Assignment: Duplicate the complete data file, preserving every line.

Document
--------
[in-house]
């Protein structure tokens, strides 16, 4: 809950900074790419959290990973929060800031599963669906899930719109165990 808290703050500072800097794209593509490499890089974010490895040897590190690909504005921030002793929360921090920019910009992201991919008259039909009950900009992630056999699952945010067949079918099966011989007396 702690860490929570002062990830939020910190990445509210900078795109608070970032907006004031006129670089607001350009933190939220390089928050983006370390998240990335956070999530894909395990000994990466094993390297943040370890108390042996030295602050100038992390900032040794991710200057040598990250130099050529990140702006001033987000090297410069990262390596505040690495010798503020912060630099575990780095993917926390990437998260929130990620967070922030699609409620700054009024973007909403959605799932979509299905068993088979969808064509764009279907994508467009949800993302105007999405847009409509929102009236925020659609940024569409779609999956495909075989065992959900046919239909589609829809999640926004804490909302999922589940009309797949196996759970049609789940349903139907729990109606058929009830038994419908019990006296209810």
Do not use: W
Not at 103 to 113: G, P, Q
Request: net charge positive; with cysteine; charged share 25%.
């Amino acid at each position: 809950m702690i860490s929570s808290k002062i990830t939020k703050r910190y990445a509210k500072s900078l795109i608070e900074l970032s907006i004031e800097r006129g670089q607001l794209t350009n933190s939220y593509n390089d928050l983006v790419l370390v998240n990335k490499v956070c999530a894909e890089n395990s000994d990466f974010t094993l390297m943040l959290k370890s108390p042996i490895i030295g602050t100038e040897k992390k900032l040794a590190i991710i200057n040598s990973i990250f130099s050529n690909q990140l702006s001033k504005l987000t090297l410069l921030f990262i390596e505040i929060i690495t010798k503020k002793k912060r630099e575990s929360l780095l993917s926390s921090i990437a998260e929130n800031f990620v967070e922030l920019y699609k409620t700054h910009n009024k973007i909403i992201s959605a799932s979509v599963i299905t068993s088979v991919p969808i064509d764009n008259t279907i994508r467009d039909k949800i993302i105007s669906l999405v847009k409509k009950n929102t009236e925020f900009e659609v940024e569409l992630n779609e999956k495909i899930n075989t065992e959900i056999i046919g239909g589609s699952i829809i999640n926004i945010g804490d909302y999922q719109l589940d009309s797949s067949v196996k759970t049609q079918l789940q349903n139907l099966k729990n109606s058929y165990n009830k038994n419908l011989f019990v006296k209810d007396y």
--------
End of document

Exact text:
[in-house]
């Protein structure tokens, strides 16, 4: 809950900074790419959290990973929060800031599963669906899930719109165990 808290703050500072800097794209593509490499890089974010490895040897590190690909504005921030002793929360921090920019910009992201991919008259039909009950900009992630056999699952945010067949079918099966011989007396 702690860490929570002062990830939020910190990445509210900078795109608070970032907006004031006129670089607001350009933190939220390089928050983006370390998240990335956070999530894909395990000994990466094993390297943040370890108390042996030295602050100038992390900032040794991710200057040598990250130099050529990140702006001033987000090297410069990262390596505040690495010798503020912060630099575990780095993917926390990437998260929130990620967070922030699609409620700054009024973007909403959605799932979509299905068993088979969808064509764009279907994508467009949800993302105007999405847009409509929102009236925020659609940024569409779609999956495909075989065992959900046919239909589609829809999640926004804490909302999922589940009309797949196996759970049609789940349903139907729990109606058929009830038994419908019990006296209810």
Do not use: W
Not at 103 to 113: G, P, Q
Request: net charge positive; with cysteine; charged share 25%.
């Amino acid at each position: 809950m702690i860490s929570s808290k002062i990830t939020k703050r910190y990445a509210k500072s900078l795109i608070e900074l970032s907006i004031e800097r006129g670089q607001l794209t350009n933190s939220y593509n390089d928050l983006v790419l370390v998240n990335k490499v956070c999530a894909e890089n395990s000994d990466f974010t094993l390297m943040l959290k370890s108390p042996i490895i030295g602050t100038e040897k992390k900032l040794a590190i991710i200057n040598s990973i990250f130099s050529n690909q990140l702006s001033k504005l987000t090297l410069l921030f990262i390596e505040i929060i690495t010798k503020k002793k912060r630099e575990s929360l780095l993917s926390s921090i990437a998260e929130n800031f990620v967070e922030l920019y699609k409620t700054h910009n009024k973007i909403i992201s959605a799932s979509v599963i299905t068993s088979v991919p969808i064509d764009n008259t279907i994508r467009d039909k949800i993302i105007s669906l999405v847009k409509k009950n929102t009236e925020f900009e659609v940024e569409l992630n779609e999956k495909i899930n075989t065992e959900i056999i046919g239909g589609s699952i829809i999640n926004i945010g804490d909302y999922q719109l589940d009309s797949s067949v196996k759970t049609q079918l789940q349903n139907l099966k729990n109606s058929y165990n009830k038994n419908l011989f019990v006296k209810d007396y």